Section 6. Discrimination, Societal Abuses, and Trafficking in Persons
Section 7. Worker Rights
a. Freedom of Association and the Right to Collective Bargaining
The law provides workers the right to form and join independent unions, bargain collectively, and conduct strikes. The government generally respected these rights with limitations. The law prohibits antiunion discrimination but does not provide for the reinstatement of workers fired for union activity. The law does not allow government workers and workers in essential services, such as law enforcement, judges, holders of public administration offices, health-care providers, and public utility employees, to strike. The law prohibits strikes during natural disasters, epidemics, and pandemics as well as in times of state emergency. Authorities may impose compulsory arbitration at the request of one party to a dispute. There are no particular groups of workers excluded from or covered differently by relevant legal protections.
The government and employers generally respected freedom of association and the right to collective bargaining. Worker organizations were independent of the government, political parties, employers, or employers’ associations. There were no reports that the government, political parties, or employers interfered in the functioning of workers’ organizations. Prosecutors may reject appeals by trade unions alleging antiunion behavior, and authorities did not punish alleged violations of the trade union law. Workers exercised the right to strike by conducting legal strikes.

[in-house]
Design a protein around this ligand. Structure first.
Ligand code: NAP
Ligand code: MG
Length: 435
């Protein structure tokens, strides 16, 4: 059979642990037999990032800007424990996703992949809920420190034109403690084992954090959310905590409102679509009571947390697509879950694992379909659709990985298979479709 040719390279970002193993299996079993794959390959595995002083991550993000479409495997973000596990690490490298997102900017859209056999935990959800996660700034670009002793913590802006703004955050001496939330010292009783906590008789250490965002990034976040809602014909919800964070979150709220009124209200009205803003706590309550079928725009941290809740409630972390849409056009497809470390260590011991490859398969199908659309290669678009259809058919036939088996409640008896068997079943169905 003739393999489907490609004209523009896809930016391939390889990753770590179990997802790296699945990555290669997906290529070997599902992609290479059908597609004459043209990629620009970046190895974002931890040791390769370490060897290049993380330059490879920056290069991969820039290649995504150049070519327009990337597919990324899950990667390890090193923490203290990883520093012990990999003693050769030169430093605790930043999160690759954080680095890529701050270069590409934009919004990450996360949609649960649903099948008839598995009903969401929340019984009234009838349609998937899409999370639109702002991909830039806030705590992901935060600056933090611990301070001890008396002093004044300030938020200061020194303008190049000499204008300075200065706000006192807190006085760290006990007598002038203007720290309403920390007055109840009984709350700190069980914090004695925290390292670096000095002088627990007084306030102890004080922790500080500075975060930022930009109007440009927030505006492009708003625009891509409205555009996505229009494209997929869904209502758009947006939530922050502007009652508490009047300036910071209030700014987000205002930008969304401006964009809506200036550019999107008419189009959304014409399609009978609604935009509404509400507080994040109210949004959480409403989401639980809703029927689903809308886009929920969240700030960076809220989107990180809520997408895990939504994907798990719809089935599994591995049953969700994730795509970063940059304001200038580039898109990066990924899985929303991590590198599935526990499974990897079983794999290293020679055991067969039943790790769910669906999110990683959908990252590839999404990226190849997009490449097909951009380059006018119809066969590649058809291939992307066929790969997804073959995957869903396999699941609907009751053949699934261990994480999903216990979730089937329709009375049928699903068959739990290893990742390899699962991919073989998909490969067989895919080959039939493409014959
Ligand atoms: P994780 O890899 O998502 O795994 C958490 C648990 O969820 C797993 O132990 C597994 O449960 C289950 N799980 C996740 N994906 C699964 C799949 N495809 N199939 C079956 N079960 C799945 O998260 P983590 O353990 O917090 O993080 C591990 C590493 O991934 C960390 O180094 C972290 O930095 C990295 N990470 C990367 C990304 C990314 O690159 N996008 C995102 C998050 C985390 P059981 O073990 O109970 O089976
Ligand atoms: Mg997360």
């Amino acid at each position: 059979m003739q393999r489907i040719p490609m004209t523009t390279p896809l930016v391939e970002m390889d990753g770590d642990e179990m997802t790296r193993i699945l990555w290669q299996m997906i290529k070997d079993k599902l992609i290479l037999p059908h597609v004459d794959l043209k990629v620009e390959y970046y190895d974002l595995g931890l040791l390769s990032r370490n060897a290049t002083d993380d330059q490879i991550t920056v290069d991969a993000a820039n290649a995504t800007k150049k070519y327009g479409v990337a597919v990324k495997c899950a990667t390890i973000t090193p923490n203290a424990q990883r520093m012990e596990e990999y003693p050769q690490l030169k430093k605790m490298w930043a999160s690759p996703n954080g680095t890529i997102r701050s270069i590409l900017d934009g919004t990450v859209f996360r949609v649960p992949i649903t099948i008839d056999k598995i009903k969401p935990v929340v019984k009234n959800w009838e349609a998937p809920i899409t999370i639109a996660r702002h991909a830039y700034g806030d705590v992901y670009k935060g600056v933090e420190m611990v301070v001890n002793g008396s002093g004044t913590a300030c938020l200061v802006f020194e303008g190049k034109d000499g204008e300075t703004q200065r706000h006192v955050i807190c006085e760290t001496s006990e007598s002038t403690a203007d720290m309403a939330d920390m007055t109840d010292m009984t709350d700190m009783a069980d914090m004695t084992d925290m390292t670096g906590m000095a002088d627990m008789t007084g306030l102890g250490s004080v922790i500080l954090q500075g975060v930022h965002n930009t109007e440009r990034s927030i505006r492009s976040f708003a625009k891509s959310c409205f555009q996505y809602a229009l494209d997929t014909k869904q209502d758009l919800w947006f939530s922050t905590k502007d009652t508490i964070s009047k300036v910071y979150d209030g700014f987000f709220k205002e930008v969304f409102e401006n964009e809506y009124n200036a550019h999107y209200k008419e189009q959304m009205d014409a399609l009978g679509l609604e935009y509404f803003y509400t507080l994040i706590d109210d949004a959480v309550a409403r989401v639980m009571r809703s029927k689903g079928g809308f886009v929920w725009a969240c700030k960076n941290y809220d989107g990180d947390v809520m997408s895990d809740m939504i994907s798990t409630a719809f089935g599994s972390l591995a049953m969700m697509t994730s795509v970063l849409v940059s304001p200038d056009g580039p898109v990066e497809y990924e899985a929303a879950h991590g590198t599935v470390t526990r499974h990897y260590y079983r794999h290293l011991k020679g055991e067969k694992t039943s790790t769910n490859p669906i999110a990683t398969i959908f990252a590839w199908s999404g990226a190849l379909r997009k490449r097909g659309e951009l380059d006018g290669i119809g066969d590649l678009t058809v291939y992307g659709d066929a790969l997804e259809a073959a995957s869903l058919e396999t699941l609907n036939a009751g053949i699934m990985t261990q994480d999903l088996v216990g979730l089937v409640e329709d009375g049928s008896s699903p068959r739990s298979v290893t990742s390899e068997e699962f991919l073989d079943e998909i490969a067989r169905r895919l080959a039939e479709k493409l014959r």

There is a mechanism to monitor and enforce labor laws through the State Labor Inspectorate (SLI) and the Prosecutor General’s Office, but it failed to monitor effectively and enforce the rights to collective bargaining and to organize. The law does not provide effective sanctions for violations of freedom of association, or stipulate penalties for violating trade union rights. Penalties for the deliberate failure to negotiate and amend collective agreements or the violation of negotiated terms were not sufficient to deter violations.
The SLI does not have the authority to enforce penalties for violations of workplace health and safety concerns; this was delegated to 10 other state agencies according to their areas of expertise.
b. Prohibition of Forced or Compulsory Labor